We often ask investors if companies can pay out dividends with earnings. Almost all of them say yes. But in reality, earnings are but an accounting measure. Dividends are paid in cash, and cash-flow analysis is then, by extension, the absolute core of dividend investing. That is why we created a forward-looking assessment of dividend safety in our predictive dividend-cut indicator, the Dividend Cushion, for investors to use to supplement their own work. In this article, let's evaluate Church & Dwight's (NYSE:CHD) dividend under this unique but yet very straightforward framework.
Church & Dwight's Investment Considerations
Evaluating Church & Dwight's Dividend
But before we get started, please select the image above, our full-page dividend report, which supplements the 16-page report on our website. You'll see at the bottom right that we're forecasting some strong growth in the firm's dividend in coming years.
We do admit, however, that Church & Dwight's dividend yield is below average, offering a 1.8% annual payout at recent price levels. We prefer yields above 3% and don't include firms with yields below 2% in our dividend growth portfolio. So Church & Dwight doesn't quite fit the bill for us.
But What About the Strength of Its Dividend?
We think the safety of Church & Dwight's dividend is good (please see our definitions at the bottom of this article). We measure the safety of the dividend in a unique but very straightforward fashion via the forward-looking Dividend Cushion™. The measure is a ratio that sums the existing net cash a company has on hand (on its balance sheet) plus its expected future free cash flows (cash from operations less capital expenditures) over the next five years and divides that sum by future expected cash dividends paid over the same time period.
Basically, if the score is above 1, the company has the capacity to pay out its expected future dividends. As income investors, however, we'd like to see a score much larger than 1 for a couple of reasons: 1) the higher the ratio, the more "cushion" the company has against unexpected earnings shortfalls, and 2) the higher the ratio, the greater capacity a dividend-payer has in boosting the dividend in the future. For Church & Dwight, this score is 2.0, revealing that on its current path the firm should be able to cover its future dividends with net cash on hand and future free cash flow (about 2 times).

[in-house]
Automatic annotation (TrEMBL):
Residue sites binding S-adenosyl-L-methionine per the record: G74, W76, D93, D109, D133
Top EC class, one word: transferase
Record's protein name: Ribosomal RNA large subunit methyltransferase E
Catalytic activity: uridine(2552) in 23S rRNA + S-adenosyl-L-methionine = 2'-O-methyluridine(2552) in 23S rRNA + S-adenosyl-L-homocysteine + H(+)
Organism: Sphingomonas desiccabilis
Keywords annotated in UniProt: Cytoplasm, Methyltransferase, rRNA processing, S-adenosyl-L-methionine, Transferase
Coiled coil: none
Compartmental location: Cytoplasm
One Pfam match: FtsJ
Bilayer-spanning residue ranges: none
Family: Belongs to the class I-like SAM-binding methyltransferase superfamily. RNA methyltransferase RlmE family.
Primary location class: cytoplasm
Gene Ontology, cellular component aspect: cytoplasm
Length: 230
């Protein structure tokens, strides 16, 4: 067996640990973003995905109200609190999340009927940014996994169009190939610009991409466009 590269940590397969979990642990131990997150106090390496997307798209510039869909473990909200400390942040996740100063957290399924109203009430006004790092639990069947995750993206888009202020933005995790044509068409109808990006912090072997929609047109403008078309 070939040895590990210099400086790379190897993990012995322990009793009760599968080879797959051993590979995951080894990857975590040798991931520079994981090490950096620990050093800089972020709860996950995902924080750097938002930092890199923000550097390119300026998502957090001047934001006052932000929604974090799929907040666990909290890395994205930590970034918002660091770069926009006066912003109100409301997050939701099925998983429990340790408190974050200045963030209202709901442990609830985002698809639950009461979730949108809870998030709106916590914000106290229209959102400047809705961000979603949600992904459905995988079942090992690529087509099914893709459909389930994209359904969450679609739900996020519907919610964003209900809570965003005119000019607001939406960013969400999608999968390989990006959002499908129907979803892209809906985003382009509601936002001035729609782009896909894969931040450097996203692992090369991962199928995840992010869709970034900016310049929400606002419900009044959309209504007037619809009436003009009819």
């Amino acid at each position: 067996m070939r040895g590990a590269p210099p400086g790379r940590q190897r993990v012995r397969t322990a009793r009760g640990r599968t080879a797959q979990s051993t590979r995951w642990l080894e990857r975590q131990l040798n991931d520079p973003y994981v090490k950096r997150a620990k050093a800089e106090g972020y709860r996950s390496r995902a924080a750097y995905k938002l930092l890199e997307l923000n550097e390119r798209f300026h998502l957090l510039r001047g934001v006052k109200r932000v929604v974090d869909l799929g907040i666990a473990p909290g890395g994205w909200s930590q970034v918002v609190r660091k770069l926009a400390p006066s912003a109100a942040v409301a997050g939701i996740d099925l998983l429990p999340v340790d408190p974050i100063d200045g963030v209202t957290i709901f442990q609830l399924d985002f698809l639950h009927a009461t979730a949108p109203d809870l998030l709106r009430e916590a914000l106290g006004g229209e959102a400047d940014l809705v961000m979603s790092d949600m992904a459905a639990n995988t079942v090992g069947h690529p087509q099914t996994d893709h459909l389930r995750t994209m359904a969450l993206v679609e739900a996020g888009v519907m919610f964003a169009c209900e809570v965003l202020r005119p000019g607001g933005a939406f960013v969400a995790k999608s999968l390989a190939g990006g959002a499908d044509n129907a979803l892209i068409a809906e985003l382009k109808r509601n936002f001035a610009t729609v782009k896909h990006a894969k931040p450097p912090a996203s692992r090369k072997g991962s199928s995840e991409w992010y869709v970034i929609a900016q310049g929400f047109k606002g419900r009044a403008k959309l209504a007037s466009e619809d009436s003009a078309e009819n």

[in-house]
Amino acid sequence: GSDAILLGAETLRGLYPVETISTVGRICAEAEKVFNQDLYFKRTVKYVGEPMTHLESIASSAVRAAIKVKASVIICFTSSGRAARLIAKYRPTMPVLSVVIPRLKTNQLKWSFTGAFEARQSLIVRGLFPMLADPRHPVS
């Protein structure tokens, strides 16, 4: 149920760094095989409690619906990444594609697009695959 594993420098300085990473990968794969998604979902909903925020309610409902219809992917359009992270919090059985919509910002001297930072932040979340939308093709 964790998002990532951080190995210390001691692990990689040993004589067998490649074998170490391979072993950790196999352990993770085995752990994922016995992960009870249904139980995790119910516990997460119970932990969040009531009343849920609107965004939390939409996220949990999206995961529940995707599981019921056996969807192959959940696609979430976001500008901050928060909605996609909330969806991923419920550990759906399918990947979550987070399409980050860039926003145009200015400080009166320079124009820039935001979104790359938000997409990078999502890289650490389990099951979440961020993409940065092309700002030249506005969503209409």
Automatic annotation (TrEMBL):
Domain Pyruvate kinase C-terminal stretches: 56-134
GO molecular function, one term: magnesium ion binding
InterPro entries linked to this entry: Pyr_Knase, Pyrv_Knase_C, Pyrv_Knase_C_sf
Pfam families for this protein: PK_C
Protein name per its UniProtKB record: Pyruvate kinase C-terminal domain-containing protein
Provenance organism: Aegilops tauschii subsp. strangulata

For comparison to how this calculation is performed and what constitutes a good measure, please see Hewlett-Packard's (NYSE:HPQ) write-up here, Colgate's (NYSE:CL) here, Coca-Cola's (NYSE:KO) here, and Procter & Gamble's (NYSE:PG) here. These sample firms have Dividend Cushion scores that are north of +1, as well.
How Do We Determine the Growth of a Firm's Dividend?
Now on to the potential growth of Church & Dwight's dividend. As we mentioned above, we think the larger the "cushion" the larger capacity it has to raise the dividend. However, such dividend growth analysis is not complete until after considering the board's willingness to increase the dividend. To do so, we evaluate the company's historical dividend track record. If there have been no dividend cuts in 10 years, the company has a nice growth rate, and a nice dividend cushion, its future potential dividend growth would be excellent, which is the case for Church & Dwight. We like to use the board's historical track record as a way to gauge the pace at which the dividend will increase in the future, assuming the Dividend Cushion score is healthy.
Wrapping It Up
And because capital preservation is also an important consideration, we assess the risk associated with the potential for capital loss (offering investors a complete picture). In Church & Dwight's case, we currently think the shares are fairly valued, so the risk of capital loss is medium. If we thought the shares were undervalued, the risk of capital loss would be low.
All things considered, Church & Dwight's strong brands, including the wildly popular Arm & Hammer, support its solid dividend growth prospects. Still, the firm's annual yield isn't that great -- and we would point to higher-yielding peers that have an equally strong Dividend Cushion score.
Disclosure: I have no positions in any stocks mentioned, and no plans to initiate any positions within the next 72 hours. I wrote this article myself, and it expresses my own opinions. I am not receiving compensation for it (other than from Seeking Alpha). I have no business relationship with any company whose stock is mentioned in this article.
Additional disclosure: PG is included in our Dividend Growth portfolio.